Onega Lake (Shutterstock: see below)
Article 26 June

Go now! Midnight sun, Arctic Circle

During June, the sun never fully sets in northernmost areas - meaning it's never dark, even in the dead of night. Here's how to witness the Midnight Sun for yourself...

What actually is it?

Simply, it’s when the sun remains visible at midnight; at certain latitudes, at certain times of year, the sun can be observed 24 hours a day. The dark of night is replaced by a sort-of perpetual twilight, while the sun keeps a constant low profile in the sky.

Crikey, that’s a lot of UV

Indeed, and it can last for a long time too. In the northern hemisphere, the midnight sun phenomenon occurs largely above the Arctic Circle (66°33’). On the Circle itself, it’s visible from roughly 12 June to 1 July. Head further north and the midnight sun lasts longer; for example, it runs from 20 May to 22 July in Tromsø (69°40’) and from 20 April to 22 August in Longyearbyen on Svalbard (72°22’). At the actual North and South Poles, the sun only rises and sets once each year.

Where can I see it?

North of the Arctic Circle (June) or south of the Antarctic Circle (December) are the best locations. As the latter has no permanent settlements, the easiest places to experience the phenomenon are those above the Arctic Circle, such as Svalbard, Greenland and the northern reaches of Canada, Norway, Sweden, Finland and Alaska.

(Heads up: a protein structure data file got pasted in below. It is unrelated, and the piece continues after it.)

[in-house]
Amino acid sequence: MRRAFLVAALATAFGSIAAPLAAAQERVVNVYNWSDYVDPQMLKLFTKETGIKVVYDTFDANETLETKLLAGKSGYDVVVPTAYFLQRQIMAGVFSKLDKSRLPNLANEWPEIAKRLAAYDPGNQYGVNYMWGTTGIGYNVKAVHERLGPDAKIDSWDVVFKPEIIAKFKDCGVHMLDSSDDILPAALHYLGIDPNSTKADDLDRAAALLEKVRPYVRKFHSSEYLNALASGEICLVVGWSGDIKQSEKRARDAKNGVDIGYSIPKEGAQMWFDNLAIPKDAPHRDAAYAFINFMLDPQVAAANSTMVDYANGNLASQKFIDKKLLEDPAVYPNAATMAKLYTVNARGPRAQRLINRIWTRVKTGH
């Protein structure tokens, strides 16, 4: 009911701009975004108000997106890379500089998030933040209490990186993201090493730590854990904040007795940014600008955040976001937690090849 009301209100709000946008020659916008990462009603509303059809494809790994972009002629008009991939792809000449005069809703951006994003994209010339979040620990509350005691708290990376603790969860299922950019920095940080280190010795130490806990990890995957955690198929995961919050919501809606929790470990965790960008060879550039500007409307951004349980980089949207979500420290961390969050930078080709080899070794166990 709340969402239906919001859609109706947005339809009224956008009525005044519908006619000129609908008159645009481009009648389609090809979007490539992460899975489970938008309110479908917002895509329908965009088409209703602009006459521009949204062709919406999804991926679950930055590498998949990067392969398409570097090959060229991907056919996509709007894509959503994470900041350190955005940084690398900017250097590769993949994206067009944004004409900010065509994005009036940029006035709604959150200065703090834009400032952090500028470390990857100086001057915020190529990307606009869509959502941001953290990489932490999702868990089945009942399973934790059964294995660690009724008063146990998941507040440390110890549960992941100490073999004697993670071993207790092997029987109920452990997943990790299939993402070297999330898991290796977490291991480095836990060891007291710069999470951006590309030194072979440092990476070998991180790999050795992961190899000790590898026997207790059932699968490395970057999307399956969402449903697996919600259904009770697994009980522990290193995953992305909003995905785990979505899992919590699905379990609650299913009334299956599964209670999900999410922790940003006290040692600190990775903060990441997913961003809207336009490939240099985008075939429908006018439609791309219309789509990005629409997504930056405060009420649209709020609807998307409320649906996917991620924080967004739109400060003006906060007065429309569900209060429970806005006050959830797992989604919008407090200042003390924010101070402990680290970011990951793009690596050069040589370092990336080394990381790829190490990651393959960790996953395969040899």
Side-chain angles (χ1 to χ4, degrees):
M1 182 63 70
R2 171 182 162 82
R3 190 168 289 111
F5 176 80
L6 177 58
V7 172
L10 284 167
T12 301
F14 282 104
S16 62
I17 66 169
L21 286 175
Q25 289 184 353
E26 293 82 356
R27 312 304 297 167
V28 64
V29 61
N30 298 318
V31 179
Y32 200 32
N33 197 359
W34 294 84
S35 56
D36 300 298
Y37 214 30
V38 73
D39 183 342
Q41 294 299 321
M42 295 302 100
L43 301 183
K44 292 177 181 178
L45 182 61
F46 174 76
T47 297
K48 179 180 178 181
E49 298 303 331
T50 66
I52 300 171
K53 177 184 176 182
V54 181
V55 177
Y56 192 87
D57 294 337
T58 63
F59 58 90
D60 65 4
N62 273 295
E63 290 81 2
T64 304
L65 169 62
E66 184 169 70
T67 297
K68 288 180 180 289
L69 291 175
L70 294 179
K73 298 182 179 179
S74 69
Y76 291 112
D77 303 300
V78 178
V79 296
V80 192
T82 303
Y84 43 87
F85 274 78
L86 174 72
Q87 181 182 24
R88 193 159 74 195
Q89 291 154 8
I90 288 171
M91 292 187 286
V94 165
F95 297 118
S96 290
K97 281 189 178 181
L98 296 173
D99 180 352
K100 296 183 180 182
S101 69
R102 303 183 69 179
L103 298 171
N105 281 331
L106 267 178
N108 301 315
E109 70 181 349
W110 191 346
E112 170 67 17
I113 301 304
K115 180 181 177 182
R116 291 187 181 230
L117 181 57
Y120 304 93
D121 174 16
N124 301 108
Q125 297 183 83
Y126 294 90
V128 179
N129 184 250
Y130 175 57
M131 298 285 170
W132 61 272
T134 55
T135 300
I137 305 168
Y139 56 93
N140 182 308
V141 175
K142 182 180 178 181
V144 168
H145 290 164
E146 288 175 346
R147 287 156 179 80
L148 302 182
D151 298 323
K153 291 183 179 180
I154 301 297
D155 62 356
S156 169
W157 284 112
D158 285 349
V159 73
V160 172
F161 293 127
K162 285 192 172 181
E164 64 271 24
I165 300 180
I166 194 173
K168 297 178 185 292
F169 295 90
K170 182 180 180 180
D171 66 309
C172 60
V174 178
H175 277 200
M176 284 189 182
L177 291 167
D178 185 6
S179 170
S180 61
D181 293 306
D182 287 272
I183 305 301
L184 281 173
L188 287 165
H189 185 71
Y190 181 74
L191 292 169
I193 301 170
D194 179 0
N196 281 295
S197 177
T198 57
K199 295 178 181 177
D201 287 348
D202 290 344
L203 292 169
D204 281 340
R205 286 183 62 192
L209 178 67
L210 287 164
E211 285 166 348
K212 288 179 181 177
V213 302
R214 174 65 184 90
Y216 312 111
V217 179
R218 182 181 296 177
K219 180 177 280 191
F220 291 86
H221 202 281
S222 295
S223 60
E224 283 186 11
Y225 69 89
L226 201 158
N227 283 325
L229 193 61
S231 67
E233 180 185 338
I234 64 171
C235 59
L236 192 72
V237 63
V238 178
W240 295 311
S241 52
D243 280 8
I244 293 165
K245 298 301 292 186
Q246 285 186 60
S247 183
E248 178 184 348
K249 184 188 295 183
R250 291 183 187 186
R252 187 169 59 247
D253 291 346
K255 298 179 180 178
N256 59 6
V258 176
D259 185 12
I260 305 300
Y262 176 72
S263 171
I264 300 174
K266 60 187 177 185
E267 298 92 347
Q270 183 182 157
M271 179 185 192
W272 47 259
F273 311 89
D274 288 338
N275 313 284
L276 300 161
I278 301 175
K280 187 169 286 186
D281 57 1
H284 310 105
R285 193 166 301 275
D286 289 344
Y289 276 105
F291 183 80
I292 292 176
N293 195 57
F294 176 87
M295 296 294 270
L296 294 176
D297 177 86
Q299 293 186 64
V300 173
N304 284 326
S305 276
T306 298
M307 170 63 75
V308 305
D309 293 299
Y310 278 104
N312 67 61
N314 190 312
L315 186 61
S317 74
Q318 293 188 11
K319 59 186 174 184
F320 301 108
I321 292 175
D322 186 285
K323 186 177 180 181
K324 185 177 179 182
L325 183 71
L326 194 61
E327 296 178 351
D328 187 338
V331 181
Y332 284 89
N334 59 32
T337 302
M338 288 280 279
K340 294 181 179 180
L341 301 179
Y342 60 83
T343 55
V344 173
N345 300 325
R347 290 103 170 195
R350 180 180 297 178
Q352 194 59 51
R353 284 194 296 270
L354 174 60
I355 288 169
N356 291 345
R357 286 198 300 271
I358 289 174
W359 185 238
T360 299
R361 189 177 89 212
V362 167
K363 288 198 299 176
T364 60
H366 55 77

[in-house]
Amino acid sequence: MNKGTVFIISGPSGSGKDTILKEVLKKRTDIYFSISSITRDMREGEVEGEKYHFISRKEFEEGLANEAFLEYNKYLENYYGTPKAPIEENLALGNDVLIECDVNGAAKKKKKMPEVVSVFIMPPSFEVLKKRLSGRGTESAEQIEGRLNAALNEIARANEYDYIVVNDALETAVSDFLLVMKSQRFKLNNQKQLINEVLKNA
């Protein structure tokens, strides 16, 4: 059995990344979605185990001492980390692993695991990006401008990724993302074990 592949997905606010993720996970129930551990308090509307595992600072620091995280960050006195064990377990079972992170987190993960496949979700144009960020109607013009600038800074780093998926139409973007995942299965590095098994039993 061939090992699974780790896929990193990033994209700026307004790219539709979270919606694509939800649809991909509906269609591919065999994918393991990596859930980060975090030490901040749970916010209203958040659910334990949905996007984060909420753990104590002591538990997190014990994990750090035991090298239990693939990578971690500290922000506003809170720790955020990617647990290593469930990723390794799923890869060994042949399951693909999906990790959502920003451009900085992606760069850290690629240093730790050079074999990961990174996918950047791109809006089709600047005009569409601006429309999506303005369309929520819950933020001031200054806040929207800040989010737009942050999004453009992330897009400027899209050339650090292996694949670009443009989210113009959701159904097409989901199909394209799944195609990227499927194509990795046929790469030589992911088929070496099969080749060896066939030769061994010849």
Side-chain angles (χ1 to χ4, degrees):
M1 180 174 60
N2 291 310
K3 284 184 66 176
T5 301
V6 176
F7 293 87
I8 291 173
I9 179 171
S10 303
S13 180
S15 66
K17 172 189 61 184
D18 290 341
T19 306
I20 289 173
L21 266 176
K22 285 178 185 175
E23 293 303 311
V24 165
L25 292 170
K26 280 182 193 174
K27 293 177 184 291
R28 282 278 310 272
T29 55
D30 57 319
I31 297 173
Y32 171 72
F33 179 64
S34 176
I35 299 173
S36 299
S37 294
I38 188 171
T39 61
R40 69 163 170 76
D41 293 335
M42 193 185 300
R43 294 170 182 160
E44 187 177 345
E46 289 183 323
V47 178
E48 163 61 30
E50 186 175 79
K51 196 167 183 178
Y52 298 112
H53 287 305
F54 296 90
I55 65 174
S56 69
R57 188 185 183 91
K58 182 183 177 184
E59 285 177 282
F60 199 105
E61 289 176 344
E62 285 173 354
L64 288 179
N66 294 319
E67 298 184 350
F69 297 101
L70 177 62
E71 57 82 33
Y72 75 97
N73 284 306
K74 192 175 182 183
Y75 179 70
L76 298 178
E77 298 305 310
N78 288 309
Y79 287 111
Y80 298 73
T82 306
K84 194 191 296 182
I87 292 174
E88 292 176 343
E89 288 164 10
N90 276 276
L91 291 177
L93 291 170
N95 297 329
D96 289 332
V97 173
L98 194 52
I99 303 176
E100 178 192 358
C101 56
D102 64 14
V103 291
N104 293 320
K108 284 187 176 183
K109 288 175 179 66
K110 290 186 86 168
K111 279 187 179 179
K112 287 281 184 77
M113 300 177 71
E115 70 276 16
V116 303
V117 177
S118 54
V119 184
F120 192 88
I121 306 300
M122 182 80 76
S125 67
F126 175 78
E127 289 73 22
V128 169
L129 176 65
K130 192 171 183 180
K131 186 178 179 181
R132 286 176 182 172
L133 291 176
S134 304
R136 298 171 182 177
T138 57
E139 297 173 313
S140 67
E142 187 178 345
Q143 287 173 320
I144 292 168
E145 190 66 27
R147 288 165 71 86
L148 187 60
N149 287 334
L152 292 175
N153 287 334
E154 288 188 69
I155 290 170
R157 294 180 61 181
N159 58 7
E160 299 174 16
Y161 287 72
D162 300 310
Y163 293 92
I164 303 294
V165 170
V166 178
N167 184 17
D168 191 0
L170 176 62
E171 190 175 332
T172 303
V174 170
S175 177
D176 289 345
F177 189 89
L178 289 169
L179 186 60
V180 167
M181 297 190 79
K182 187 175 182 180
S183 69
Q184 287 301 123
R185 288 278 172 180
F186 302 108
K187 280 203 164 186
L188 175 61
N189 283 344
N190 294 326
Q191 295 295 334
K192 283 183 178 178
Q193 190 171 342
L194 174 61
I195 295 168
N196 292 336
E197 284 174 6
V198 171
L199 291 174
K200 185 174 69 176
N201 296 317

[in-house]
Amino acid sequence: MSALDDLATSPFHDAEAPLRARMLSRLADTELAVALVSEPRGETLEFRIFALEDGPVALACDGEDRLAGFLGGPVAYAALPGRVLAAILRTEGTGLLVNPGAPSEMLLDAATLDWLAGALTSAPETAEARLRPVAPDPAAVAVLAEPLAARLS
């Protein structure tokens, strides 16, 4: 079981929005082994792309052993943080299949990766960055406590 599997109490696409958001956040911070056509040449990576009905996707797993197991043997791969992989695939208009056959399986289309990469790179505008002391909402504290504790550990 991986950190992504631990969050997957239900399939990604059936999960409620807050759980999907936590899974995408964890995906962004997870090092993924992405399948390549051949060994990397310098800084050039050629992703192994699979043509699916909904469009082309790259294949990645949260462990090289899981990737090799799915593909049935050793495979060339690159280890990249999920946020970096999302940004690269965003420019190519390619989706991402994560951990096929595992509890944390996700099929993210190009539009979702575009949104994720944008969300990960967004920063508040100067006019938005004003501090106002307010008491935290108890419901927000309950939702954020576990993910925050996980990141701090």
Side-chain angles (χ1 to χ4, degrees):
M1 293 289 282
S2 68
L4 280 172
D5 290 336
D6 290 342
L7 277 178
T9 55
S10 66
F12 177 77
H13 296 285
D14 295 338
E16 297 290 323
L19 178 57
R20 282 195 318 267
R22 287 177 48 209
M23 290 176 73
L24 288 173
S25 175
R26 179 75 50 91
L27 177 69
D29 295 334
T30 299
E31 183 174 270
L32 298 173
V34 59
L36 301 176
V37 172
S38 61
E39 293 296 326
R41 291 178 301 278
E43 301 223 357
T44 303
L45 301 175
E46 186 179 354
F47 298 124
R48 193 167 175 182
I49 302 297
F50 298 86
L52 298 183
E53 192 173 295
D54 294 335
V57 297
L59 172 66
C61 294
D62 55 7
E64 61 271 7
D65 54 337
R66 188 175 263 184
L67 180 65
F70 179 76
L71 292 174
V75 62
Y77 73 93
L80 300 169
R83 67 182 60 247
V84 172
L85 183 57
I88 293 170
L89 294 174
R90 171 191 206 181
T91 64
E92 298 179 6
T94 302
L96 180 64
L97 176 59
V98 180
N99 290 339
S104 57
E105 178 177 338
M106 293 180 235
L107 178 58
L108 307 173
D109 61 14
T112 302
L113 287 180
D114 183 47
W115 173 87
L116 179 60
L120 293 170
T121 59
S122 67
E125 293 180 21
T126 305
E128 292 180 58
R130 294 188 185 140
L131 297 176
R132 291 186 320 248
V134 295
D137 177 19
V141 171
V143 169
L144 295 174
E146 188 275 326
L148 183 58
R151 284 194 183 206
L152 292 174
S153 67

Because the sun is disc-shaped rather than a point, the midnight sun can also be experienced just below the Arctic Circle – in northern Iceland for example. Even the northernmost parts of Scotland don’t fall completely dark on the summer solstice and the region has 19-hour days around this time.

And what about the rest of the year?

The reverse – polar night – occurs around the same latitudes in the opposite season: during the northern hemisphere’s winter months, the sun stays below the horizon during the day. For example, in Tromsø, polar night lasts from late November to mid January.

Sounds gloomy...

Yes, a bit. But think of it as a great canvas for the northern lights!


Main image: View on Onega Lake, Russia. Photo from Shutterstock.